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Source: FE Analytics, data sterling total return to 10 May

Idle hands

You can make a similar arguments about the Trump presidency, its supporters, its detractors and the breakdown of civility between the branches of American government.

Mr Trump is not a perfect president by any means. He is inexperienced, hubristic, naïve and unpolished. Yet his Democratic opponents are so myopically sure of his malfeasance, so adamant that he will destroy the republic, that they are forgetting to govern and simply running an incessant investigation of the executive from the House of Representatives. Congressional oversight of the president is one of the great innovations of American democracy, but the Democrats are in danger of running a witch hunt – if they haven’t already. The day-to-day operation of the US is now taking a backseat, which should surely give even the most ardent anti-Trumper pause.

Mr Trump has responded to roadblocks in Congress in exactly the way we thought he might when we pondered the imminent midterm elections back in September. He has spent his days watching cable, fulminating about Chinese intransigence, and tweeted his nights away about what he’s going to do about it. Trade is the one area where  Mr Trump has a power that is completely unfettered by Congress. And so Mr Trump has thrown out a number of threats, seemingly on a whim, that would significantly increase tariffs on Chinese goods as well as the volume of trade it would impact.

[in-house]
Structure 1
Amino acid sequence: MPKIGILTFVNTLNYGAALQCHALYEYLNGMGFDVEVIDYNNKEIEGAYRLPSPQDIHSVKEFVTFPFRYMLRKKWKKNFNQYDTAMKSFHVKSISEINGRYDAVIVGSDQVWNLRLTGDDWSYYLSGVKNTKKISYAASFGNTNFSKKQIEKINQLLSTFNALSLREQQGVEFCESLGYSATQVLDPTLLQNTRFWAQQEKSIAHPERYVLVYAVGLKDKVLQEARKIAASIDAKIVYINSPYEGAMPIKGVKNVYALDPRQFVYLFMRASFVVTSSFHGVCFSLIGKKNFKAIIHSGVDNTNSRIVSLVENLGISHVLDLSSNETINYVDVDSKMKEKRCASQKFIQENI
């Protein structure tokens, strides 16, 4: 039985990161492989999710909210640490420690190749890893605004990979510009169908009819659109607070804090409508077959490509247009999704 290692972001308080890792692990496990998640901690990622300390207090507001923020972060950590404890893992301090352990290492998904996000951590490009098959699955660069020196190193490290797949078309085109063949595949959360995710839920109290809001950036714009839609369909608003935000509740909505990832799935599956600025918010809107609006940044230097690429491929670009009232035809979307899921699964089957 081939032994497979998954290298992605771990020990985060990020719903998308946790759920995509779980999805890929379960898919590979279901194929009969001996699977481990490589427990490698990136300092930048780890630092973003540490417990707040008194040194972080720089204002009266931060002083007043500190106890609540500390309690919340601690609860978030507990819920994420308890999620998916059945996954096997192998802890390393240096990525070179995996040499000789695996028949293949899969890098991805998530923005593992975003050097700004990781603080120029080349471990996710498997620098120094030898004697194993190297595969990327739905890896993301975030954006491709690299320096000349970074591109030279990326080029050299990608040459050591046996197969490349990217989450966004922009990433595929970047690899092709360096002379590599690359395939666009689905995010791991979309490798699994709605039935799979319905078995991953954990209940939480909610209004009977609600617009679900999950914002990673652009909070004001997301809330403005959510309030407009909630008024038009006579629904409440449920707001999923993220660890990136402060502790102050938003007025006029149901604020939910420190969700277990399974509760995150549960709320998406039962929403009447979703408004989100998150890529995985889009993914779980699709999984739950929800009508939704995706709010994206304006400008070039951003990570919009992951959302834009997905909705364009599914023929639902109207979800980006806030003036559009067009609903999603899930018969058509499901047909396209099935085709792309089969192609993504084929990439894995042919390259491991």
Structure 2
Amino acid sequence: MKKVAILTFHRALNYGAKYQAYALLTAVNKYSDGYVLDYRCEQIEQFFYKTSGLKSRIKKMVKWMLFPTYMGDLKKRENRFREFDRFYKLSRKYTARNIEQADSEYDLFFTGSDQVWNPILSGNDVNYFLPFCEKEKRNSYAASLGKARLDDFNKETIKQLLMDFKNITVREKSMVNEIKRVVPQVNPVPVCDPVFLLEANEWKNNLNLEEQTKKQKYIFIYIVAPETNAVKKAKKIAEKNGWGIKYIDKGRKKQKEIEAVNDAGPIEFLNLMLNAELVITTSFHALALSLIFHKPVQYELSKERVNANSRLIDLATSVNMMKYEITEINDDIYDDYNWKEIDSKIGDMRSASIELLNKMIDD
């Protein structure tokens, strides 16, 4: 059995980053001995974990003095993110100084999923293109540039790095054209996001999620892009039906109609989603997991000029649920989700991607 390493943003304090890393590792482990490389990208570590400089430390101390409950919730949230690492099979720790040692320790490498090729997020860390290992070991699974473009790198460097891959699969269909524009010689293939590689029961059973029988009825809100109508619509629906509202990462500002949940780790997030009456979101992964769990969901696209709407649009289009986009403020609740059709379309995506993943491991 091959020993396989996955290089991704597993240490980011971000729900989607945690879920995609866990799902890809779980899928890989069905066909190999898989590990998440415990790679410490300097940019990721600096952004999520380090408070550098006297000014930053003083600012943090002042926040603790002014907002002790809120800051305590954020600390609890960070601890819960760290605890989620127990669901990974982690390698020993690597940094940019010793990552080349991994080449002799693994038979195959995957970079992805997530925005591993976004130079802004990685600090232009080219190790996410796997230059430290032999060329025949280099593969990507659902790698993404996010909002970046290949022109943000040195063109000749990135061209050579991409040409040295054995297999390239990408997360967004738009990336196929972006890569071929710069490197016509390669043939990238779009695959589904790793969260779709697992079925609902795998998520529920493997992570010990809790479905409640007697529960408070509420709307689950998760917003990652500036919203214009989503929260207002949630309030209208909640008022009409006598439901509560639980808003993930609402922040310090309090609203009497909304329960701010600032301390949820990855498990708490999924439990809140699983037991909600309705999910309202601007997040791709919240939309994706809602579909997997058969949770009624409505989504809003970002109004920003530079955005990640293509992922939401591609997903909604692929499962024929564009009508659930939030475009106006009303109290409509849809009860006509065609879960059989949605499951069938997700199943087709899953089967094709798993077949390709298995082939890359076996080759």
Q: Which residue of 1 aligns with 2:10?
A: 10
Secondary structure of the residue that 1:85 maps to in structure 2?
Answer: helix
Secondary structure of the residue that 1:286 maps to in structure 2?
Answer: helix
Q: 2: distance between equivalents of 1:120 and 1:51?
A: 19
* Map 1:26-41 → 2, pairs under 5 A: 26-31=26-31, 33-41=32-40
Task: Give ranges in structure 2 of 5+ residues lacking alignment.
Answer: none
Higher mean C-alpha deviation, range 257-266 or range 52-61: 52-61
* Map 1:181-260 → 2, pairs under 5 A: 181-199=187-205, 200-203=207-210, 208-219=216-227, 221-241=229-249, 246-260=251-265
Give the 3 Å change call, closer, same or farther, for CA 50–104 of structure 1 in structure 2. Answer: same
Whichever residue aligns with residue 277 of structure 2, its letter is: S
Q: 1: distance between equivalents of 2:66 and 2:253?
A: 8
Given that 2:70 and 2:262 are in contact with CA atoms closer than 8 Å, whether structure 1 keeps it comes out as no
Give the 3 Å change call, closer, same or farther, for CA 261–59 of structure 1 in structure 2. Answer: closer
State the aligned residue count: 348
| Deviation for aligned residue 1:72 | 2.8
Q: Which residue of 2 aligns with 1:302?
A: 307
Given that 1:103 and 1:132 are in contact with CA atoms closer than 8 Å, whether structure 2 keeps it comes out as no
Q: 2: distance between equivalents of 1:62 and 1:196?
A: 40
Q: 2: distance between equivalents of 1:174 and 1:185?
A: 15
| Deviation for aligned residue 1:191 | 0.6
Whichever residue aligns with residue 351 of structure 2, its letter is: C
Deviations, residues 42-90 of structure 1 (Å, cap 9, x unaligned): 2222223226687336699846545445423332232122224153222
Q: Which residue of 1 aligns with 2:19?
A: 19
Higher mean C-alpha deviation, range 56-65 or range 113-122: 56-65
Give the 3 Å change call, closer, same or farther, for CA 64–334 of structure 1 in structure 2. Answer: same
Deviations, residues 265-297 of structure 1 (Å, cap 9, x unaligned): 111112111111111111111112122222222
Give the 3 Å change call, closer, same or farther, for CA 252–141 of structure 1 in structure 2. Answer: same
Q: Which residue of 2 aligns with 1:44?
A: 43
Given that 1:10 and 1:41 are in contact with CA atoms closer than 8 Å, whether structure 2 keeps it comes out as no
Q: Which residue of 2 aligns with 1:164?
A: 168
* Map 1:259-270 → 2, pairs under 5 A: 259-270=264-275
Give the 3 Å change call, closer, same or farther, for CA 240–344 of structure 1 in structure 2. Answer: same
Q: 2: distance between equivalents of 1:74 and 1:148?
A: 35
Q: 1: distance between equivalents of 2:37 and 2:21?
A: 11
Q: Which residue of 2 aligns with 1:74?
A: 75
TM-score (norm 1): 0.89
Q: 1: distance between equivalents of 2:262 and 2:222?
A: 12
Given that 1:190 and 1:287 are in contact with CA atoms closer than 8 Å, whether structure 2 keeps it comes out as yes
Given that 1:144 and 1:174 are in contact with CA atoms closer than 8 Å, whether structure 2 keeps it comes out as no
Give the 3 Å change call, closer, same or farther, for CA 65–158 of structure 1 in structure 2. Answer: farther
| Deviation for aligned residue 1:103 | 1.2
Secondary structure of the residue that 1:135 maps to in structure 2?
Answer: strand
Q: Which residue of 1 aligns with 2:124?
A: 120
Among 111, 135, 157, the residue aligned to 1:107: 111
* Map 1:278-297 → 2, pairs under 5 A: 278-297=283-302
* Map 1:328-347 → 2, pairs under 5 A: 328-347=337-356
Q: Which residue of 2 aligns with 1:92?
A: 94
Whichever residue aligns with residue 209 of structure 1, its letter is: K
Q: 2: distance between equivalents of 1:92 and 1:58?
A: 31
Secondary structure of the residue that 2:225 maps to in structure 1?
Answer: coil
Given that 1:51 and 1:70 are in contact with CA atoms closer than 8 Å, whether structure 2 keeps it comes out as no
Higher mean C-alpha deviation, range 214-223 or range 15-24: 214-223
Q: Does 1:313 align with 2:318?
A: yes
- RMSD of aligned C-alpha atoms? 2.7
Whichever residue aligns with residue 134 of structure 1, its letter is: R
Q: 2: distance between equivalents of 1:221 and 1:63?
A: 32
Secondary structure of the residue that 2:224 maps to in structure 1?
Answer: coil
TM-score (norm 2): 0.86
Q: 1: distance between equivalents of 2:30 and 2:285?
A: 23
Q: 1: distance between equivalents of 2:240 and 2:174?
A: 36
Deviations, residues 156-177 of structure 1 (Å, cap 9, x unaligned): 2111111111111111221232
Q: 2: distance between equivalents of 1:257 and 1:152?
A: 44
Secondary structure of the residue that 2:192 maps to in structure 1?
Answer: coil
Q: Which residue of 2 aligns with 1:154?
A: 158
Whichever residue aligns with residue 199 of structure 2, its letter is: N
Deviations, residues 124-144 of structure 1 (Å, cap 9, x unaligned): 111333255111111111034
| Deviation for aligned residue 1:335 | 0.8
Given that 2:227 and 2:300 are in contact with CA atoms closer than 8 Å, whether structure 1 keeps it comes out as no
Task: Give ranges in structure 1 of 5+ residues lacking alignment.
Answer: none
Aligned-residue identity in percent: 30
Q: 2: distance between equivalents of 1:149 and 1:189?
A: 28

White House economic adviser Larry Kudlow made promising noises on TV about how the whole business could be ironed out with a personal meeting between Chinese President Xi Jinping and Trump at the next G20 meeting in Osaka, Japan. But he also conceded that his boss was wrong on the effects of tariffs (contrary to the president’s beliefs, tariffs do raise costs for Americans). The truth is sort of irrelevant though. Like Britain, the US is labouring under a politically debilitating tribalism. Those who support Mr Trump will not believe that his tariffs are the reason why they are paying more for things at the store (US CPI inflation rose 0.1% last month to 2%). And those who don’t understand trade barriers and their arcane effects would have believed the economists as soon as they said Mr Trump was in the wrong.

What does this mean for trade and investments? Well, the more frustrated Mr Trump gets at home, the greater the chance that he will lash out at China. And the more he attacks China, the more he will offend the proud nation. Because China has narratives too. Unlike the West, which is trying to recover the economic health of a decade ago, or the military sheen of the 1980s, China’s recovery is many hundreds of years old. It is trying to reclaim its spot as the pre-eminent civilisation, to make up for hundreds of years of colonialism and lost time. The more Mr Trump treats China as a second-class nation, the angrier its people and its leaders will get. And the further the two parties will get from agreeing a new trading relationship.